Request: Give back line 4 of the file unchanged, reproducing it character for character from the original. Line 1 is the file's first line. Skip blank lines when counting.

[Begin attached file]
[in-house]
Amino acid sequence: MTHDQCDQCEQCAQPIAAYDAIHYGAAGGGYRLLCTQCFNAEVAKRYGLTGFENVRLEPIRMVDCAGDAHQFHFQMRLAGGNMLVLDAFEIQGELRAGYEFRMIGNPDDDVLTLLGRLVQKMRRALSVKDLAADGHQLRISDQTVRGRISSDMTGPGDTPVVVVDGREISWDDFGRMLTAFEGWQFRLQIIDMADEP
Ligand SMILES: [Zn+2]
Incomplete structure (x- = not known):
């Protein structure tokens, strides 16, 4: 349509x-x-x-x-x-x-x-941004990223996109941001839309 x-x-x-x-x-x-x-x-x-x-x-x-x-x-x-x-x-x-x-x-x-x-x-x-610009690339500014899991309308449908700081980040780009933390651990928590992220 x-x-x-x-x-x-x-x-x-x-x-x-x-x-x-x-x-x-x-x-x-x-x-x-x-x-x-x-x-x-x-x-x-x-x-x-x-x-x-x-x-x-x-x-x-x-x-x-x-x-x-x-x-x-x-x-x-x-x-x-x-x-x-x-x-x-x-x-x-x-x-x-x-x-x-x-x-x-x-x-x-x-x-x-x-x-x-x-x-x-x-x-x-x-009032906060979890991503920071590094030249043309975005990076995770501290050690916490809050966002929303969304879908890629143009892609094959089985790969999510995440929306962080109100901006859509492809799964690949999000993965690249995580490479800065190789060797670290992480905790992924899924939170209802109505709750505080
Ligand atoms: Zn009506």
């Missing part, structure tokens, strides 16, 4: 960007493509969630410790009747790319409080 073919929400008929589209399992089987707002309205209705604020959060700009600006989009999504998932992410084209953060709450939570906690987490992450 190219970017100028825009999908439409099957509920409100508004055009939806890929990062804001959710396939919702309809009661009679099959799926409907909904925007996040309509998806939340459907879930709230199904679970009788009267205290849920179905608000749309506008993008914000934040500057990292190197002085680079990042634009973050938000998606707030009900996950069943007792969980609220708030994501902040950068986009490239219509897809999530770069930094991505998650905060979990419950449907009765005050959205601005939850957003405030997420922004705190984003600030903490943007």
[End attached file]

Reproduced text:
Incomplete structure (x- = not known):